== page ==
The state health department director on Thursday issued a statement indicating he would not immediately comply with an order from a Billings judge to follow a 2017 rule allowing transgender Montanans to update their birth certificates using a form.
Though Yellowstone County Judge Michael Moses said in a rare bench order earlier in the morning that the 2017 rules "are the rules that will apply during the course of this litigation," Montana Department of Health and Human Services Director Charlie Brereton said the department would keep their September rule in effect. Moses' order also said the rule recently finalized by the department could not be enforced.
The administrative rule, which the Department of Public Health and Human Services adopted Sept. 10, said vital records could be amended only if the sex designation "was listed incorrectly on the original birth certificate due to a data entry error." The rule did not allow the certificate to be amended "based on gender transition, gender identity or change of gender."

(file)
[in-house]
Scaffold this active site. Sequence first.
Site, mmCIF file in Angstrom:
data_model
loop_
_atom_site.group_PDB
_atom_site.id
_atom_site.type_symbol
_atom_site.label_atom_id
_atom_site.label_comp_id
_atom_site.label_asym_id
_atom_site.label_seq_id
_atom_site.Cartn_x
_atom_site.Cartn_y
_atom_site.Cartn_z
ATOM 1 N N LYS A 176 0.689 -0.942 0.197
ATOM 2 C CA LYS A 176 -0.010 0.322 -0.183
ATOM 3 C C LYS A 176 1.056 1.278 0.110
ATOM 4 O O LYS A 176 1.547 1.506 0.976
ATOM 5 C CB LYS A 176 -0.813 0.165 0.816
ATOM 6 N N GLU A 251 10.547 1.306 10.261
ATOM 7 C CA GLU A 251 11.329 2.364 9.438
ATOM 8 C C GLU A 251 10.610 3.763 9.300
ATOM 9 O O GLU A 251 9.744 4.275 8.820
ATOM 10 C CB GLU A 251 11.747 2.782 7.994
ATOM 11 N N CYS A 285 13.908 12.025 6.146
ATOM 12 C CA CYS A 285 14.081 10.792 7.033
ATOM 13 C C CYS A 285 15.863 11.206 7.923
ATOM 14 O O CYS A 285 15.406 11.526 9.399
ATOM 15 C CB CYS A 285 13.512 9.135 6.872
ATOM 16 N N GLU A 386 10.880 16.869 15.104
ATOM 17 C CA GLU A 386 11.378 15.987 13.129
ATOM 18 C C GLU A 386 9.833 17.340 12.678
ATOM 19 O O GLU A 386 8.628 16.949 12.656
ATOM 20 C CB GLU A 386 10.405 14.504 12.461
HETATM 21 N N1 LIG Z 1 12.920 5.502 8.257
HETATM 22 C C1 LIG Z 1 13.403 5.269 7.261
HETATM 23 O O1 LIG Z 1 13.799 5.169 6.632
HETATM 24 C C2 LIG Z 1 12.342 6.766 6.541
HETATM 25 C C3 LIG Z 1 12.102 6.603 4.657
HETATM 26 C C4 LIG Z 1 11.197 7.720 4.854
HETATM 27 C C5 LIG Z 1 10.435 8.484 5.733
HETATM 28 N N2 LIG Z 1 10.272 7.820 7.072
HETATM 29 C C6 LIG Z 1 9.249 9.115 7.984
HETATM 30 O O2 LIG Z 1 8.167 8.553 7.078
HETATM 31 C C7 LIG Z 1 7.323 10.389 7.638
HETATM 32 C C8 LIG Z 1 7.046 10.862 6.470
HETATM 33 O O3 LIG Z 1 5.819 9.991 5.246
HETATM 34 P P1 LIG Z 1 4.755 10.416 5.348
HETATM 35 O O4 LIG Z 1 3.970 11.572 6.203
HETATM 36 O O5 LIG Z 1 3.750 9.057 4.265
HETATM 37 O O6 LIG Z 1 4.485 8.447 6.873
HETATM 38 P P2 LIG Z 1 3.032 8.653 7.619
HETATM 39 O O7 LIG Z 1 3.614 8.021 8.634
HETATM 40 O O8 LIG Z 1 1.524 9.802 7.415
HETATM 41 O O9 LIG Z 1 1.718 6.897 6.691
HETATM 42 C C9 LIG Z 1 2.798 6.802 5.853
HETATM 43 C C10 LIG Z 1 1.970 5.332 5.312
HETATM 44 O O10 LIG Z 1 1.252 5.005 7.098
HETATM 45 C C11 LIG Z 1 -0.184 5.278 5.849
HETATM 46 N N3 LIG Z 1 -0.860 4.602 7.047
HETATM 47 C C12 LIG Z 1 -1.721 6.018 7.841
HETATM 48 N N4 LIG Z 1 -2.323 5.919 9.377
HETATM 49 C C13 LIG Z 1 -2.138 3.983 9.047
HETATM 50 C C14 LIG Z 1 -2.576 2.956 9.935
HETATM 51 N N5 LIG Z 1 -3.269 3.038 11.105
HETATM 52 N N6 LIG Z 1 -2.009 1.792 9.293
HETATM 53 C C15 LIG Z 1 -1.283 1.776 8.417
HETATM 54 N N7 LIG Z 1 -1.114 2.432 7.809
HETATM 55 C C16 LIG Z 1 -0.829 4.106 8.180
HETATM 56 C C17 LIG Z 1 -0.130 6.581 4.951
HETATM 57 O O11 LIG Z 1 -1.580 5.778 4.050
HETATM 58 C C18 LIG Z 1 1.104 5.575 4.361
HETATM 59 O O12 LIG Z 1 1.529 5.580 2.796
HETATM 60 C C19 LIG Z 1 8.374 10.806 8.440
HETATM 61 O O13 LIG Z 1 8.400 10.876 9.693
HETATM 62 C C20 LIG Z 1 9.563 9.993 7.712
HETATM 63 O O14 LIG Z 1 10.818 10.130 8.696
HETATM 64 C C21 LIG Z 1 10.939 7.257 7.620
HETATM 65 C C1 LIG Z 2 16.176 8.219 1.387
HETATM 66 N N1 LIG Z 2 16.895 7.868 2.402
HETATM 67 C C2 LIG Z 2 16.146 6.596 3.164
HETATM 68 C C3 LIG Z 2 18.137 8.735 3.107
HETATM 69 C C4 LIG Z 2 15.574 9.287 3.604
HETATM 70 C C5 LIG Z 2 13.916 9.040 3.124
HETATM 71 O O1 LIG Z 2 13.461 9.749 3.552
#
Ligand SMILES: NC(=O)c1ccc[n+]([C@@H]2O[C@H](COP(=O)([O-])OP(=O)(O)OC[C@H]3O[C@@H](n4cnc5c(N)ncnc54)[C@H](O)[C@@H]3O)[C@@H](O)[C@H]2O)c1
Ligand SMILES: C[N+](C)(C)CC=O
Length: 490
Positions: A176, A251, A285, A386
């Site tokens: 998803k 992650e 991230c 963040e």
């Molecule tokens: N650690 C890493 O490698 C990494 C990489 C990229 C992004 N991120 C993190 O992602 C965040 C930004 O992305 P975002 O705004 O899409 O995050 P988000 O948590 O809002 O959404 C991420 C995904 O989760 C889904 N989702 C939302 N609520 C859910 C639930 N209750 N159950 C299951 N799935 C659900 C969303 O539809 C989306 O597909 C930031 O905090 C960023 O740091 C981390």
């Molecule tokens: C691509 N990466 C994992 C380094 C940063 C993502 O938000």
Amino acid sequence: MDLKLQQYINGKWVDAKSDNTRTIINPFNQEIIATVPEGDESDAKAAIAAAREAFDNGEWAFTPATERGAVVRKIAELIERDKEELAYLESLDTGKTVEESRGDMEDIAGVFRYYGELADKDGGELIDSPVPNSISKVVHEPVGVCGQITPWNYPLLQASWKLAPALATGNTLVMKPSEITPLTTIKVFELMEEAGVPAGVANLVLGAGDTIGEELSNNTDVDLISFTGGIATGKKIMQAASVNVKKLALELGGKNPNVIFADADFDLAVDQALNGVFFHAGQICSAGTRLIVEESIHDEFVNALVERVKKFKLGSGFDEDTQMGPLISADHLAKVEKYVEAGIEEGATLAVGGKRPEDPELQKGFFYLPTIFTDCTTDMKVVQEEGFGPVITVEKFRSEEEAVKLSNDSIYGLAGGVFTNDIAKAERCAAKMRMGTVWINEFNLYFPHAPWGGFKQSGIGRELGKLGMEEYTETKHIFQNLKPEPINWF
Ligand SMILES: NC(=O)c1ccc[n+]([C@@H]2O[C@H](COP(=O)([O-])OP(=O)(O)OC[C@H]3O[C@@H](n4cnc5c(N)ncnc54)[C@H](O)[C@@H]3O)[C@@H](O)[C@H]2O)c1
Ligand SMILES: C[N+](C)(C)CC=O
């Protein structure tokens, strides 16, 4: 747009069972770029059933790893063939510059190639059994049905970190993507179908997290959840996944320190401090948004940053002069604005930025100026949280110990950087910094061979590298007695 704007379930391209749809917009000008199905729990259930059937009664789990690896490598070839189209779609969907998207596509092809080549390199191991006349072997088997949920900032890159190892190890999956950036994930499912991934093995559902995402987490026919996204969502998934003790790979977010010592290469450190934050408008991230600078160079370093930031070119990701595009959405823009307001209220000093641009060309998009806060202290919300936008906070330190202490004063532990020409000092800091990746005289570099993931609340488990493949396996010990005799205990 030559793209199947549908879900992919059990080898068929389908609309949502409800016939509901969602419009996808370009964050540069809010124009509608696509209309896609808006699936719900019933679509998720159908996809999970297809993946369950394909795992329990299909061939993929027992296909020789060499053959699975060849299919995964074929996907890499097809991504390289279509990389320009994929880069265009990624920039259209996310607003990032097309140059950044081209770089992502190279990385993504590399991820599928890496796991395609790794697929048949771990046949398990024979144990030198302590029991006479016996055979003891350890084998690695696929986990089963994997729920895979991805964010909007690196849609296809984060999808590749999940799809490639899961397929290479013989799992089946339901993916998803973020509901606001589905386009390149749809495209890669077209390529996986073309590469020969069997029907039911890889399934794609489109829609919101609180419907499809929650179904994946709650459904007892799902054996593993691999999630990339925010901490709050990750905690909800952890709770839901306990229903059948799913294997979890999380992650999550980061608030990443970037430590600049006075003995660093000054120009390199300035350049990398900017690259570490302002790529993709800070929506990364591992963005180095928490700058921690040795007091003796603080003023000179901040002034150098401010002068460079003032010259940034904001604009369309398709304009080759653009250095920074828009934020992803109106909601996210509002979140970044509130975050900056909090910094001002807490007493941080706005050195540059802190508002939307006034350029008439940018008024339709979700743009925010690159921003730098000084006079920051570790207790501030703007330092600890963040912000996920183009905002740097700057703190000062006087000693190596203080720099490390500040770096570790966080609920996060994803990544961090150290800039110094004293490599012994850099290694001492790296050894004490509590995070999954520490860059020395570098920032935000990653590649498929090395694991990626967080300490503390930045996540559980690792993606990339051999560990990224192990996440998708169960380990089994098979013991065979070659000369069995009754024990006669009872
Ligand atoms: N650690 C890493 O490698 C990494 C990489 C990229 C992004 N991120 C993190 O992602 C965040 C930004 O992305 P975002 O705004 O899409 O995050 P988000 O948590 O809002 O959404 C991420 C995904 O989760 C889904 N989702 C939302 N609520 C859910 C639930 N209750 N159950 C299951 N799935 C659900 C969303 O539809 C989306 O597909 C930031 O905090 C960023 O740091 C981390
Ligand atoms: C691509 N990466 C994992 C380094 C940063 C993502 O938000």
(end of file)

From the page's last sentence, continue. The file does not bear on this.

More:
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“The department thoroughly evaluated the judge’s vague April 2022 decision and crafted our final rule to be consistent with the decision. It’s unfortunate that the judge’s ruling today does not square with his vague April decision. The 2022 final rule that the department issued on Sept. 9 remains in effect, and we are carefully considering next steps," Brereton said in an emailed statement.
A department spokesperson said in an email seeking clarification that "the department is awaiting a written order from today’s hearing, and carefully considering next steps."
"There is no such order in place at this time. The court acknowledged that it could not address the 2022 final rule and, therefore, could not invalidate it," spokesperson Jon Ebelt wrote.